Baseball Provides Stability, Draws Out Ballgirl's Talents
Seattle Times Staff Reporter
She doesn't so much sit on a stool in front of the Kingdome bullpens as she hovers over one, poised to spring at a moment's notice. Her left hand is covered by a baseball glove garnished by autographs and her artwork. Her legs are dotted with turf burns, a sort of self-imposed occupational hazard.
Usually, the ballgirls blend into the motif of a Mariner home game. But, as Mariner outfielder Shane Monahan says, "You notice her." When she takes the field, fans ringing the stadium abutments offer hands to be slapped. They cry from the stands, "Hey, Rosey!"
See, when Rosey Santizo patrols the baselines, the nights always offer the potential for something extra. Like last month, when she overeagerly dived at and deflected a ground ball, ruled fair, off the bat of Toronto's Craig Grebek. Santizo's plunging exploits have been featured so many times on CNN, ESPN, "This Week in Baseball" and the like that M's employees have taken to calling her, "Airtime."
"She plays that ballgirl position like a shortstop," Mariner first baseman David Segui says.
Santizo, 19, can't help but try giving back to a sport that, along with God, she believes, stayed her during forlorn, sometimes turbulent times. Baseball has had an almost magical presence in her young life. The day the Mariners hired her - Aug. 26, 1995 - is the day the team took possession of first place during its storied pennant drive.
"Baseball has been my stability," Santizo says.
Late in that summer of 1995, Santizo picked up a No. 2 pencil and, without ever having taken an art class, crafted an amazing likeness of Edgar Martinez. During Santizo's two-plus-year quest to catch on with the Mariners, someone sent her a newspaper clipping headlined, "Patience pays for Edgar Martinez." His patience inspired hers.
Now it is effecting something wondrous. Santizo kept drawing. People noticed. Joey Cora requested several pieces for his foundation's charity auction. So did Dave Valle, for his benefit program, Esperanza. Segui has kept Santizo's portrait of Roberto Clemente in his locker-room stall and keeps her portrait of him above the mantle in his home.
Santizo recently was granted licensing from the Major League Baseball Players Association. In an unusual deal, Santizo receives her license in exchange for three autographed pieces of her art per year, plus nine percent of her royalties. Not bad for an artist who still has no formal training.
"I just draw what I see," Santizo says. "It just comes out of my pencil. I have no explanation, other than it's the only way I have to express my love for the game."
Santizo has sold 12 pieces to the Mariners, to be retailed in their Dugout team stores. She has other talents for which there is scant explanation. Santizo has a knack for acting and was cast in a 1996 Reebok commercial for a Shawn Kemp-endorsed sneaker. Mariner broadcaster Rick Rizzs saw Santizo act in a local production on Vashon Island and says, "She stole the show, just like she often steals the show (in the Kingdome)."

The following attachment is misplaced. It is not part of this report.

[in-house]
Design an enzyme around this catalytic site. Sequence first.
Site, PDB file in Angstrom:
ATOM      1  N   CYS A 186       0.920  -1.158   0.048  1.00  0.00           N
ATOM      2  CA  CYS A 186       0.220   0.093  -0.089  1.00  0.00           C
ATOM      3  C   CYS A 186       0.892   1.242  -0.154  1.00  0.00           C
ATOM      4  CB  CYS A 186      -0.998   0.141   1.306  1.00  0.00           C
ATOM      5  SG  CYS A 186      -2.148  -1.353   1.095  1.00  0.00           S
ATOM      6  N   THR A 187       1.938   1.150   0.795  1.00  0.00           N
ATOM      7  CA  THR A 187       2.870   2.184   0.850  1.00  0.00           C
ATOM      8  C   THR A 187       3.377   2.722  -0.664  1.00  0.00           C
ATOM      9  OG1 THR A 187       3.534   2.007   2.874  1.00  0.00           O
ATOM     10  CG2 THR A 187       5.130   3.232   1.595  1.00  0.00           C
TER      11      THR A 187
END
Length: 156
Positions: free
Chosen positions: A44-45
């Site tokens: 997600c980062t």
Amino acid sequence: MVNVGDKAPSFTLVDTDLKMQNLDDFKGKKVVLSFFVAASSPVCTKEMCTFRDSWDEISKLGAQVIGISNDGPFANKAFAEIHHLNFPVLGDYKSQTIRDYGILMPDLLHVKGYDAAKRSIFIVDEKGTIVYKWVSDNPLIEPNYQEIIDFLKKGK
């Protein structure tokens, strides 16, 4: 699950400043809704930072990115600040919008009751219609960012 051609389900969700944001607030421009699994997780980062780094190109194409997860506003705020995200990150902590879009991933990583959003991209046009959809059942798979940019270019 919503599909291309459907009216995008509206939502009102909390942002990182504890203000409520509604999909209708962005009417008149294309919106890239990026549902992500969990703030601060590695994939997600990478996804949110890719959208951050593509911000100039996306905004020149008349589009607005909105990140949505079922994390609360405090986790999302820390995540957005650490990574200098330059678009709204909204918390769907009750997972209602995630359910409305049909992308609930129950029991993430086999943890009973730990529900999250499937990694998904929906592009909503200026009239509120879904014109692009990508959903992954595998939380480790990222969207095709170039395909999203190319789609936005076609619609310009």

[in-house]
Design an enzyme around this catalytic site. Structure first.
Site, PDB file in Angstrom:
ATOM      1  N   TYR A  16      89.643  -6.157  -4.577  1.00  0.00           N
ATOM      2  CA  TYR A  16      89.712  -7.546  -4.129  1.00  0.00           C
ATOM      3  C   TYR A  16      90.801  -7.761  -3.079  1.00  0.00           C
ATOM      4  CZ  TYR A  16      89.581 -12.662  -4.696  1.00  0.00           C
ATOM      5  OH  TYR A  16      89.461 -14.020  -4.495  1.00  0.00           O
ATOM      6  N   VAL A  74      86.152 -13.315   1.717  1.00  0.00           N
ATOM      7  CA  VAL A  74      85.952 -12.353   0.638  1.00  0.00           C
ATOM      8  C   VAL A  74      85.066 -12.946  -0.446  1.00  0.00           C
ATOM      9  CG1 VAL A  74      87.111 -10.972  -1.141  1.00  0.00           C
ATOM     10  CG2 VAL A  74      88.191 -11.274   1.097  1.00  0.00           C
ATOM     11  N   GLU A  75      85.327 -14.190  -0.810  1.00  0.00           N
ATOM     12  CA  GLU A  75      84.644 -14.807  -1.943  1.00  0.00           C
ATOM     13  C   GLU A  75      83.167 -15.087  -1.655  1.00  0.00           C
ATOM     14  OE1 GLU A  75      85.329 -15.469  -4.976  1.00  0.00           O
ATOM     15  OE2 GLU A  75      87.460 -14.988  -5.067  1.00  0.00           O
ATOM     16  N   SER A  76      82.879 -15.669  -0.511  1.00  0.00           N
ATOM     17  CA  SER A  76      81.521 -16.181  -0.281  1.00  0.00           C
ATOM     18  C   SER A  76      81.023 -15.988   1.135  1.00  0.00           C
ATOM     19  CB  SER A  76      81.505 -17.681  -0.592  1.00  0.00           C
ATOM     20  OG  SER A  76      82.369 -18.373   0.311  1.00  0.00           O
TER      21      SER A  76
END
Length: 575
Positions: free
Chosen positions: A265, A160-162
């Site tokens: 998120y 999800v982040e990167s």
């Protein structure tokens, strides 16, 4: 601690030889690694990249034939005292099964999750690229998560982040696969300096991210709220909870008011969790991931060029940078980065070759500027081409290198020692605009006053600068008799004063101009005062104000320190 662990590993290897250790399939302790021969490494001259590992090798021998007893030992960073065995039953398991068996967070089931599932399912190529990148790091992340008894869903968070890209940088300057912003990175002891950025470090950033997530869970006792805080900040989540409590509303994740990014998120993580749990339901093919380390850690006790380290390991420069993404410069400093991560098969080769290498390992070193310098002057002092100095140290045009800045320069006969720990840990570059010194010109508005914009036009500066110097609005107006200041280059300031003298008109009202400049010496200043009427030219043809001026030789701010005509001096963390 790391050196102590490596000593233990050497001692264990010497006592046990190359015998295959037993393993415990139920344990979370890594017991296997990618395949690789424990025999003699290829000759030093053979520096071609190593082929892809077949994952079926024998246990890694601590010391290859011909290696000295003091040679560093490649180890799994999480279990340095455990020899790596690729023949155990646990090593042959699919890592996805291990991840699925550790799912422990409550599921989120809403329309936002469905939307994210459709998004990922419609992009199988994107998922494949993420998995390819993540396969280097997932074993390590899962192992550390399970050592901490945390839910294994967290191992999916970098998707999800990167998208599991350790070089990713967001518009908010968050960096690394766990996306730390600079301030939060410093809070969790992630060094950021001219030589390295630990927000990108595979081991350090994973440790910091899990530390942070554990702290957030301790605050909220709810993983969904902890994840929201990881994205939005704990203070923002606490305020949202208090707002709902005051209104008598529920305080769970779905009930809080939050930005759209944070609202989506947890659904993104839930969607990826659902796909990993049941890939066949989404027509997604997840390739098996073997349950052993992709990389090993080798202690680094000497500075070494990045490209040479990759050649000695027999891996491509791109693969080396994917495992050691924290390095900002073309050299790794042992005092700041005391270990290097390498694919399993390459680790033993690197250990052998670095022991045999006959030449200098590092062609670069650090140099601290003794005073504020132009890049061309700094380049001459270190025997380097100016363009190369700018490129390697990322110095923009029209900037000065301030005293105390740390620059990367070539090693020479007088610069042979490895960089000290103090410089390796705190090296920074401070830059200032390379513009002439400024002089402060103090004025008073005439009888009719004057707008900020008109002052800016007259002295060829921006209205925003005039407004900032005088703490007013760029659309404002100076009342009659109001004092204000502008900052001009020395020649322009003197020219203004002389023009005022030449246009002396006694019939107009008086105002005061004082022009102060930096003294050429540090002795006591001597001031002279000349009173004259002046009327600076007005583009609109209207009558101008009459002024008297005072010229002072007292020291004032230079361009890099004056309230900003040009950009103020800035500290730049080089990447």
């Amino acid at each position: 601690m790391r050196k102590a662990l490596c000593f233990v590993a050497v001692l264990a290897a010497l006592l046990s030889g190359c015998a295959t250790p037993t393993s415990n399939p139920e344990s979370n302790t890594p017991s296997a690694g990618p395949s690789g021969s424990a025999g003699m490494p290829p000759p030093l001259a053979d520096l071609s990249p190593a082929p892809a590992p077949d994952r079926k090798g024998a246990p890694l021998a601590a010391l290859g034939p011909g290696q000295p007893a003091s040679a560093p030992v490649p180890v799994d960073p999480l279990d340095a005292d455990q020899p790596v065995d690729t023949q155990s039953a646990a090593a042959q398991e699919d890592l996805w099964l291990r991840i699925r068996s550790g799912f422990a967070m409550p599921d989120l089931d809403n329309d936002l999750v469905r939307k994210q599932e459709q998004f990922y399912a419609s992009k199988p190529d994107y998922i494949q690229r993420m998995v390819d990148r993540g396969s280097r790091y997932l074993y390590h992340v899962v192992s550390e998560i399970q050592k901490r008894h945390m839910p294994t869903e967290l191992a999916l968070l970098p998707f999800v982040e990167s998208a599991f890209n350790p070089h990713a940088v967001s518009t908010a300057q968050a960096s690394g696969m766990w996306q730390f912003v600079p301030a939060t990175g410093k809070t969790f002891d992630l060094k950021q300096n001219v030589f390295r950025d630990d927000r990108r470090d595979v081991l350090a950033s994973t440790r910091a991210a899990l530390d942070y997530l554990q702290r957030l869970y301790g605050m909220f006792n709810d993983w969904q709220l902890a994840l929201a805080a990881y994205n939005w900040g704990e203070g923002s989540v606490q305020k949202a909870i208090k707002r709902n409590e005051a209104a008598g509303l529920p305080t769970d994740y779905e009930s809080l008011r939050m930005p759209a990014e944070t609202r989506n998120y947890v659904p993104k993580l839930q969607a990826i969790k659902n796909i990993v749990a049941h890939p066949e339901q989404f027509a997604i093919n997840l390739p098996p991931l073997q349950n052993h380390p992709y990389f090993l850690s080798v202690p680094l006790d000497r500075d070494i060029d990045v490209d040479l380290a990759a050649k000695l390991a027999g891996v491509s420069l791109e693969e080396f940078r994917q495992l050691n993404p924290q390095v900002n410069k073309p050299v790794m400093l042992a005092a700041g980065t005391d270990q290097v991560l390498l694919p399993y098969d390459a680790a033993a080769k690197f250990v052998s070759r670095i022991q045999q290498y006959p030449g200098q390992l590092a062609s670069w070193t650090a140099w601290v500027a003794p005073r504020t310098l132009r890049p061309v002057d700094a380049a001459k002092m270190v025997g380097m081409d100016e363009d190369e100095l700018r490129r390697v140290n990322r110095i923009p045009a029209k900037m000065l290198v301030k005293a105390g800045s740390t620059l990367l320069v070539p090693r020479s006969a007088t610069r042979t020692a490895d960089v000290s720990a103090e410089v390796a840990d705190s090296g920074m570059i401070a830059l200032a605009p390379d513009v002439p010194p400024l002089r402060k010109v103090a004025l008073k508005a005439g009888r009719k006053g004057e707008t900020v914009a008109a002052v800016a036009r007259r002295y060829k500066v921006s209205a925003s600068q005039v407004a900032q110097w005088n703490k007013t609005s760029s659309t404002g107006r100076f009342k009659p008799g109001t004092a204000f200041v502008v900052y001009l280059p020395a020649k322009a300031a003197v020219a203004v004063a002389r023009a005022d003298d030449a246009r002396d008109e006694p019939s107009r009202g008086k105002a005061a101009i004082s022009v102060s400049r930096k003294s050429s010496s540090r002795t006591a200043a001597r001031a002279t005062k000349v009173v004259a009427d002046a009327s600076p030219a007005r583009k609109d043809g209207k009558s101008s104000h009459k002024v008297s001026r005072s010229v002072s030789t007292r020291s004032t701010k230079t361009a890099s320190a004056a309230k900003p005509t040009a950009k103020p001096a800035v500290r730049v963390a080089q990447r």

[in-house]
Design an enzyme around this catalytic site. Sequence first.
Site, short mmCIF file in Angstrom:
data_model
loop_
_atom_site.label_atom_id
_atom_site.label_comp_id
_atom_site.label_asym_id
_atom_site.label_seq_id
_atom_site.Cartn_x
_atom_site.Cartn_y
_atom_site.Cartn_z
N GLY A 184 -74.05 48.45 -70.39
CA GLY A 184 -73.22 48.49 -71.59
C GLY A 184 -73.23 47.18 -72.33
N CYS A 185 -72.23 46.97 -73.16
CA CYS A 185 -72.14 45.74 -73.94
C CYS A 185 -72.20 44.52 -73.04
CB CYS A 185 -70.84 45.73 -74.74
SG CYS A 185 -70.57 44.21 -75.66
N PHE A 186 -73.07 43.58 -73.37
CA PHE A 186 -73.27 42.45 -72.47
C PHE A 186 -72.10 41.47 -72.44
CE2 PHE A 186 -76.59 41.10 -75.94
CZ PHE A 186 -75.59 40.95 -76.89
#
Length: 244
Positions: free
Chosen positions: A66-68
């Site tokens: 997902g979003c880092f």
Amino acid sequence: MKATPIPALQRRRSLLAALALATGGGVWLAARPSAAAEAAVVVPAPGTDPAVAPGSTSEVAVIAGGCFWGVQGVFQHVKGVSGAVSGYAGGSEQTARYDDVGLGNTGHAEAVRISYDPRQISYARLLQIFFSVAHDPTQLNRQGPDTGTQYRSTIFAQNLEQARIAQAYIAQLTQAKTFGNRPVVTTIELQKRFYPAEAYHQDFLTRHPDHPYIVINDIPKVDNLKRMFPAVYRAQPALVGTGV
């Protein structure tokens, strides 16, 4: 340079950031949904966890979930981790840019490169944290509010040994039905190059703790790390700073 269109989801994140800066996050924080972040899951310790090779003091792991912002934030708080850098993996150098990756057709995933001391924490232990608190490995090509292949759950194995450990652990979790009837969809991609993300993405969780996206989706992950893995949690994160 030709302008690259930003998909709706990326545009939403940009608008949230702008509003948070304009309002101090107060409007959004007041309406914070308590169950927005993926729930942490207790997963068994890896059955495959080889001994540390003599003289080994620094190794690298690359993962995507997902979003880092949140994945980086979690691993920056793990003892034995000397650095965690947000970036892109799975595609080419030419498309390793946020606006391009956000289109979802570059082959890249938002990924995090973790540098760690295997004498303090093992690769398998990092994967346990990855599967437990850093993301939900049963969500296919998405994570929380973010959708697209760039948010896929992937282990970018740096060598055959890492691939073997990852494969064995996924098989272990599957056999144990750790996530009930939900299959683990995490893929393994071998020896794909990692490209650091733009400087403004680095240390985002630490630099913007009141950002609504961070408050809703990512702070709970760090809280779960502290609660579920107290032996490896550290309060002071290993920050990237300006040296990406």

Still, Santizo has a grander goal. She traveled avidly to be with her family in Guatemala, where she is from, until she was 12, and became hooked on baseball while listening to games on the radio with her father, who is legally blind. Santizo wants to retain her connection between baseball and her background; a former co-worker sent a job description for supervisor of baseball operations in Latin America, a post she now covets.
The path from ballperson to major-league baseball operative is not an uncharted one. Dave Venneri, the Mariners' regional marketing director, got his start in the organization as a ballboy in 1982.
Pursuing such a path would, for Santizo, mean taking college courses and working in the Mariner front office during the day, while ballgirling and working customer service for the M's at night. Throw in Rosey Art, her portrait business, and an impending Rosey the Ballgirl Web site. And, oh yeah, Santizo still wants to act and model and play tennis.
As Tom DeVries, a science teacher at Vashon Island High, once wrote in a letter of recommendation for Santizo, "She seems intent on squeezing several lifetimes out of one."
On nights she was scheduled to protect the Kingdome bullpens, Santizo reported to work 2 1/2 hours before game time. Part of arriving so early was to accommodate a routine. Most of it was because she simply couldn't wait to get started.
A good 45 minutes until the opening pitch, Santizo already had her glove and wristbands out, resting on a pair of stools. She was ready, even if the rest of the stadium was not.
"For me, it's so hard not to make an effort," she says. "It's so hard not to just go for it."
Rosey Santizo is speaking of a foul ball. It would be a good metaphor for her life, in general.
Inquiries about Rosey Santizo's art can be made through the Mariners at 206-930-9020, or by e-mail: firstname.lastname@example.org
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